Japan; and running an actual business in        helicopter services to government and civil      Thanks to their local Japanese operations,
at least two or more countries. To help leap    entities in Japan.                               Eurocopter ensured that helicopter services
the language barrier, and speed up and               Eurocopter provides 55 percent of the       were operated in the most efficient and
simplify the process, applications to receive   civil and parapublic share of helicopters        cost-effective manner.
these incentives can now be submitted in        operated in Japan. Demand for its products
English (the application period this year       continues to grow, and in line with its
closes on October 31).                          global policy of keeping close to customers,
     Strategic zones, formed in cooperation     Eurocopter is expanding Japanese opera-          eurocopter cites safety
with local governments, will also provide       tions, moving from Itami Airport to larger       and innovation as pillars
extra help in these areas as new govern-        premises in Kobe, and stepping up training
ment initiatives for regional development       for both pilots and mechanics, including
                                                                                                 for future growth, with
take effect, with green energy develop-         the installation of a full-flight simulator (a   the Japanese r&D center
ments particularly welcomed.                    first for Japan).                                contributing to both.
                                                                  advertiSeMent




                                                                                                      typhoid fever, whooping cough and menin-
                                                                                                      gococcal meningitis, as well as pediatric
                                                                                                      combination vaccines planned for launch
                                                                                                      in the future.
                                                                                                          With the pharmaceutical industry in
                                                                                                      Japan at full trot, changes are taking place
                                                                                                      in the way that drugs are being priced and
                                                                                                      approved for use. The appropriate ministry
                                                                                                      (Health, Labour and Welfare) has been
                                                                                                      working proactively with the pharmas,
          In the future, Eurocopter foresees          second-largest pharmaceutical market,           including sanofi-aventis K.K., on a number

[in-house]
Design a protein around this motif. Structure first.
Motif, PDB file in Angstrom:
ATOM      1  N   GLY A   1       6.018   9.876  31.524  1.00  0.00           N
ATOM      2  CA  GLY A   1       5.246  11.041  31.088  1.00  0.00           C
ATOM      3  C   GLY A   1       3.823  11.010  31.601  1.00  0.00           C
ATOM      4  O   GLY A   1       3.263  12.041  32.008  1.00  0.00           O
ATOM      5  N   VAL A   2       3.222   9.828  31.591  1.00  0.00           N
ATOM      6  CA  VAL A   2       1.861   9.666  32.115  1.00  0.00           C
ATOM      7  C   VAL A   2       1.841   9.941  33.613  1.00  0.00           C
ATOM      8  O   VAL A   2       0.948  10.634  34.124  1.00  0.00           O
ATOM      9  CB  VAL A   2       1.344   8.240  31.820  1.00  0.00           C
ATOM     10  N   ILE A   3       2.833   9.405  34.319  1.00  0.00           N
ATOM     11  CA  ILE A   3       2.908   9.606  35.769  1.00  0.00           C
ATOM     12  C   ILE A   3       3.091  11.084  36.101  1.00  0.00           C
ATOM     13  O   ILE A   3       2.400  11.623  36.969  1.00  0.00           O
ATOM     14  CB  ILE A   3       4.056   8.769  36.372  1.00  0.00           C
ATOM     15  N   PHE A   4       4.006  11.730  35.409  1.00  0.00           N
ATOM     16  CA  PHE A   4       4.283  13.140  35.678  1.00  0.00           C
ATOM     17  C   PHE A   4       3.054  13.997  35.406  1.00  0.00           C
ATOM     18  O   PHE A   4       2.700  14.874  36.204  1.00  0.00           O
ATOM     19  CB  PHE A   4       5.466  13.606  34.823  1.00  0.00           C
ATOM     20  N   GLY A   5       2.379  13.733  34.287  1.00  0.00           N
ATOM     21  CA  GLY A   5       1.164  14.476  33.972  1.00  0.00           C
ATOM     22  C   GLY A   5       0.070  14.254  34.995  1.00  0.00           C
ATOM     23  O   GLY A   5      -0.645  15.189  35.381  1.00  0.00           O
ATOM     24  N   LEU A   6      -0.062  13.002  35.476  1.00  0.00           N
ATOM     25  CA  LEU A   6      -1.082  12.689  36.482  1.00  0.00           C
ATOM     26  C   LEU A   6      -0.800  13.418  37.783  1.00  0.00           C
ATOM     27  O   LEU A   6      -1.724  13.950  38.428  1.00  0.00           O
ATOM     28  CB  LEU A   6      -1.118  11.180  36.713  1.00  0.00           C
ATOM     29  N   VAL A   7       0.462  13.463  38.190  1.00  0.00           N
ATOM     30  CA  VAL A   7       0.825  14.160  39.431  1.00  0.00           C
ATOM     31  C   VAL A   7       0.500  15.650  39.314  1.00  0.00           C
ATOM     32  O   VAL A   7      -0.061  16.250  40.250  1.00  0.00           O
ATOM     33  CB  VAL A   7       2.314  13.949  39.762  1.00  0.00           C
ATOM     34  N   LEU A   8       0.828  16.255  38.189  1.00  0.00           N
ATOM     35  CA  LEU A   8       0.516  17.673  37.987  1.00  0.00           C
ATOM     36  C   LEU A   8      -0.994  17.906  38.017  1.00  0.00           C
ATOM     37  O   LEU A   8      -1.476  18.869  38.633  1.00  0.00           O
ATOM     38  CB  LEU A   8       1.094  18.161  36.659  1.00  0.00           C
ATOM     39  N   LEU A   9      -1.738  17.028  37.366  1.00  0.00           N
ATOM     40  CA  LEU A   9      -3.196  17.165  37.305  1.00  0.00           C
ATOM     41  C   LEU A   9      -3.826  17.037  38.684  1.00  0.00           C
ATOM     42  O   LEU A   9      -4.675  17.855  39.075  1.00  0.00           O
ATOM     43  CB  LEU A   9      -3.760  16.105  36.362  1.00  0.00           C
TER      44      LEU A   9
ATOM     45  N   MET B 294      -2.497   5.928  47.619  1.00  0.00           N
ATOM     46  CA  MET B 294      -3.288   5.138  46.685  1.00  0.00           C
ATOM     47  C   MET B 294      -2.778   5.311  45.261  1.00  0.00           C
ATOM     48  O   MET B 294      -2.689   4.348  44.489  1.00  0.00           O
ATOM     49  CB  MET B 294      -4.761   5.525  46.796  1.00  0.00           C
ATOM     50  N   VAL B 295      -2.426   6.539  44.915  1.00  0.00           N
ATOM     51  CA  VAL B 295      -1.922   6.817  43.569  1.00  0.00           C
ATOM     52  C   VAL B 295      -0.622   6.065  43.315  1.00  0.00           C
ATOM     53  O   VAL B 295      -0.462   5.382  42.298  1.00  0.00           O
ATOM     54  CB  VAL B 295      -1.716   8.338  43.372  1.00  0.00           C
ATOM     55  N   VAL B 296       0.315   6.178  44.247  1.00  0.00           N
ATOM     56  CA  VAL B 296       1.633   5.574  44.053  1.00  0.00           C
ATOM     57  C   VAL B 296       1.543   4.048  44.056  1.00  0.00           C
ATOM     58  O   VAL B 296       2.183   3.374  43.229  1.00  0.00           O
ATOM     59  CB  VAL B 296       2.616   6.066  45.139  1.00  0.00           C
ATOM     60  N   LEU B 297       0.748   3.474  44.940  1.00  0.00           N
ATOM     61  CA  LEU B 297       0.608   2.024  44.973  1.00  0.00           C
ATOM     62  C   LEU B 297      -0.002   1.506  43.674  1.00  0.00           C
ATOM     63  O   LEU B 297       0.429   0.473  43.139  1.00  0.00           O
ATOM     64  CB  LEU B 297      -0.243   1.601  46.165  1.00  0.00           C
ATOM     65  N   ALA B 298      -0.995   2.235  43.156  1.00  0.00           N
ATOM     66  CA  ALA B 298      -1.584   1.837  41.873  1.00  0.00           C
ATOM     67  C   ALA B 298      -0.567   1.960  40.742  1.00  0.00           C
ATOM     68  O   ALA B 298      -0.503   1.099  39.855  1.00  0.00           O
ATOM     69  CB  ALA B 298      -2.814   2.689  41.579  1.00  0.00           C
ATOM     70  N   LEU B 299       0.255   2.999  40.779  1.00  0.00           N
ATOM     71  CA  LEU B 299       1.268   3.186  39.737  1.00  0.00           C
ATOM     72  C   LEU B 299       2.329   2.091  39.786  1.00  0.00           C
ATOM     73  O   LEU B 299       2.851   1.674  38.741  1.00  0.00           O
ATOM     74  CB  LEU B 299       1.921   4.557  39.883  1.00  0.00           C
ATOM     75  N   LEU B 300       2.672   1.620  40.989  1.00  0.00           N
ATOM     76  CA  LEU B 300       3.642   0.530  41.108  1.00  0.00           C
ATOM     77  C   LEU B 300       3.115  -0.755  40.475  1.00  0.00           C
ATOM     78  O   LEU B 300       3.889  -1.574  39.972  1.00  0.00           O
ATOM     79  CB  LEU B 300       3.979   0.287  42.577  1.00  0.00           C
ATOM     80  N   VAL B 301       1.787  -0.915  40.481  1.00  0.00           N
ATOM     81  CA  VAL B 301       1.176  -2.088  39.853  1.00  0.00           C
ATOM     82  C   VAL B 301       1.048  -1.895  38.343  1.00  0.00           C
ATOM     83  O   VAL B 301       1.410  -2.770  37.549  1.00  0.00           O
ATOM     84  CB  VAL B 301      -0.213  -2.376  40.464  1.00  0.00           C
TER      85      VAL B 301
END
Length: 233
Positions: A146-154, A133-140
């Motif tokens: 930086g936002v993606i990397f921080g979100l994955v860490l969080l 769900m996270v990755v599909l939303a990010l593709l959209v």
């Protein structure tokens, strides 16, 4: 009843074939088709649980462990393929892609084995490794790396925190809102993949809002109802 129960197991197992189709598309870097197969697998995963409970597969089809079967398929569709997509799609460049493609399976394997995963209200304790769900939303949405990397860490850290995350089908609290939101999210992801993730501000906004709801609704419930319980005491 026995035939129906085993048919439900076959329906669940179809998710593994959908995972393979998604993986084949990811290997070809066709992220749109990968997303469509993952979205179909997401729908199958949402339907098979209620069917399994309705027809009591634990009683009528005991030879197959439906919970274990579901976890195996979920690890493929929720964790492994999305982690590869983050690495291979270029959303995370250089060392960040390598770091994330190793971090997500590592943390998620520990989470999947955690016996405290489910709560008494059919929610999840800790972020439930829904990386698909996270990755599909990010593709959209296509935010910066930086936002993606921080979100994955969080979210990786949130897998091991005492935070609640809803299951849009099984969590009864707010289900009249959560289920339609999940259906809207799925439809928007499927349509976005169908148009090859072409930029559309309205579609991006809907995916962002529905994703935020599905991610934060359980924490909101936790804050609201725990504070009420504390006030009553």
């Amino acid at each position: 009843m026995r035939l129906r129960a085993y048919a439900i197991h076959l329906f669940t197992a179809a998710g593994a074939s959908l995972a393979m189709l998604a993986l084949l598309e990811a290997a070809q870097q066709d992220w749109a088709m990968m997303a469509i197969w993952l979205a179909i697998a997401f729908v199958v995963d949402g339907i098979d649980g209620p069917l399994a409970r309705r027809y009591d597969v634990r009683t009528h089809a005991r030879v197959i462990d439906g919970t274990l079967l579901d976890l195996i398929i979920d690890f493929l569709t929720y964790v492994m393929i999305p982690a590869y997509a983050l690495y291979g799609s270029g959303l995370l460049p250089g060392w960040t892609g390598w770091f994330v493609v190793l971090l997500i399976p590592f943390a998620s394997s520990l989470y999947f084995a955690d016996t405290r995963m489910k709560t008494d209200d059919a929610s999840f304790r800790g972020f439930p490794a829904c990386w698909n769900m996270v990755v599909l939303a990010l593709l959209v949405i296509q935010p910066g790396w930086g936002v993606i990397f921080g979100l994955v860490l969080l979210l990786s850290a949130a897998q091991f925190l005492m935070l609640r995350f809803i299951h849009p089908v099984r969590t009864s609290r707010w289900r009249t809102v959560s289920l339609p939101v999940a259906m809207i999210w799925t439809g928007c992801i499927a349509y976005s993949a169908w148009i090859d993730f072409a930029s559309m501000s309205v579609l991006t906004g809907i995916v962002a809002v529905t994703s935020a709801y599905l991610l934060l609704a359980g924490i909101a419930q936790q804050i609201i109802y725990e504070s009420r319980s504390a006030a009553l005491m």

an expanded need for its products and           with 2010 sales of $96.5 billion. The           of deregulatory projects. One of these
      services in Japan. The mountainous              demographics of the Japanese population         is a pilot pricing scheme to protect the
      topography of the country makes the use         make the country an attractive market for       research investment on new drugs during
S27   of helicopters vital for medical, search-       the healthcare industry, and the government     their patent or exclusivity period. This will
      and-rescue and logistical purposes, and         continues to demonstrate its commitment to      promote innovation, and also help to close
      Eurocopter perceives a need for Japan           healthcare for its citizens. Projections show   the so-called “drug lag,” enabling Japanese
      to continue to expand its helicopter fleet.     that by 2015, 25 percent of the Japanese        patients to have more rapid access to in-
      Confirming that belief, the Japanese Coast      population will be aged 65 or over, a figure    novative medicines developed overseas, in-
      Guard recently placed an order for three        that will increase to 40 percent by 2050.       cluding those from Sanofi. It is hoped that
      more EC225 Super Puma aircraft to be            Such a population structure drives the need     this pilot will become a permanent part
      used both for vital law enforcement and         for pharmaceutical products related to age-     of the Japanese medical scene, thereby
      search-and-rescue operations.                   related conditions, but there are also needs    encouraging pharmaceutical development
                                                      at the other end of the age scale.              and R&D activities. Another development
      Case study: sanofi-aventis K.K.                     A wide-ranging Japanese government          is a new disclosure policy by the Japan




                                                                                                                                                      paul skelcher/rainbow/getty images; moulding: sanofi-aventis; habitat for humanity
      Sanofi-aventis K.K., the Japanese arm           objective to make immunization programs         Pharmaceutical Manufacturing Associa-